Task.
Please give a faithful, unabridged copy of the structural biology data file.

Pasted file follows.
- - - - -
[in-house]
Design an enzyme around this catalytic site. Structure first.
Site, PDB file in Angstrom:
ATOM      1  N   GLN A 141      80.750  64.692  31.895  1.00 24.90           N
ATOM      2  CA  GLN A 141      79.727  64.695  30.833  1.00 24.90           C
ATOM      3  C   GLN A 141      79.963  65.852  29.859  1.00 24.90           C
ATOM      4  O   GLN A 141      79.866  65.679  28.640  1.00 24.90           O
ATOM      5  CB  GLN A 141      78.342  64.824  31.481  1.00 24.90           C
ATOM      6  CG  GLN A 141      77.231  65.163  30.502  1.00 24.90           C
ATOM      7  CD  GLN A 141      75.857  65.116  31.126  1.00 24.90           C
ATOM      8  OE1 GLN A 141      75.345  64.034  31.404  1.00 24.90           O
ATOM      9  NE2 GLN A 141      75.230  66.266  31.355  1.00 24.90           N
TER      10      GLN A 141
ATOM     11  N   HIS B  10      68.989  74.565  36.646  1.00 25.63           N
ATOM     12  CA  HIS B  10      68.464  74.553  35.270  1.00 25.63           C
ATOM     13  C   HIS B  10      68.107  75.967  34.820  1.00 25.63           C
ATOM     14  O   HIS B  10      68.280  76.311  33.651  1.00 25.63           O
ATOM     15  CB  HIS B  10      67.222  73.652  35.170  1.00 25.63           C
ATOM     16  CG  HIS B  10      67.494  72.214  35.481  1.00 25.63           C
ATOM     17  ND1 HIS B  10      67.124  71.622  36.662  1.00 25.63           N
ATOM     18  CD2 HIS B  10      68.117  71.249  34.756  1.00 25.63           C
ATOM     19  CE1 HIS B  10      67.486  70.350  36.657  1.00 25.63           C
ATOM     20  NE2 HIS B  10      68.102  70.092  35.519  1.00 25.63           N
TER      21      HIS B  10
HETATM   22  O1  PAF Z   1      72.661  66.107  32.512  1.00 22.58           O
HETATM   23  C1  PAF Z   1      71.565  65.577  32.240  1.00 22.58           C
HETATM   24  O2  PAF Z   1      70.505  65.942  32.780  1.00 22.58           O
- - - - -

[in-house]
Design an enzyme around this catalytic site. Structure first.
Site, PDB file in Angstrom:
ATOM      1  N   GLN A 141      80.750  64.692  31.895  1.00 24.90           N
ATOM      2  CA  GLN A 141      79.727  64.695  30.833  1.00 24.90           C
ATOM      3  C   GLN A 141      79.963  65.852  29.859  1.00 24.90           C
ATOM      4  O   GLN A 141      79.866  65.679  28.640  1.00 24.90           O
ATOM      5  CB  GLN A 141      78.342  64.824  31.481  1.00 24.90           C
ATOM      6  CG  GLN A 141      77.231  65.163  30.502  1.00 24.90           C
ATOM      7  CD  GLN A 141      75.857  65.116  31.126  1.00 24.90           C
ATOM      8  OE1 GLN A 141      75.345  64.034  31.404  1.00 24.90           O
ATOM      9  NE2 GLN A 141      75.230  66.266  31.355  1.00 24.90           N
TER      10      GLN A 141
ATOM     11  N   HIS B  10      68.989  74.565  36.646  1.00 25.63           N
ATOM     12  CA  HIS B  10      68.464  74.553  35.270  1.00 25.63           C
ATOM     13  C   HIS B  10      68.107  75.967  34.820  1.00 25.63           C
ATOM     14  O   HIS B  10      68.280  76.311  33.651  1.00 25.63           O
ATOM     15  CB  HIS B  10      67.222  73.652  35.170  1.00 25.63           C
ATOM     16  CG  HIS B  10      67.494  72.214  35.481  1.00 25.63           C
ATOM     17  ND1 HIS B  10      67.124  71.622  36.662  1.00 25.63           N
ATOM     18  CD2 HIS B  10      68.117  71.249  34.756  1.00 25.63           C
ATOM     19  CE1 HIS B  10      67.486  70.350  36.657  1.00 25.63           C
ATOM     20  NE2 HIS B  10      68.102  70.092  35.519  1.00 25.63           N
TER      21      HIS B  10
HETATM   22  O1  PAF Z   1      72.661  66.107  32.512  1.00 22.58           O
HETATM   23  C1  PAF Z   1      71.565  65.577  32.240  1.00 22.58           C
HETATM   24  O2  PAF Z   1      70.505  65.942  32.780  1.00 22.58           O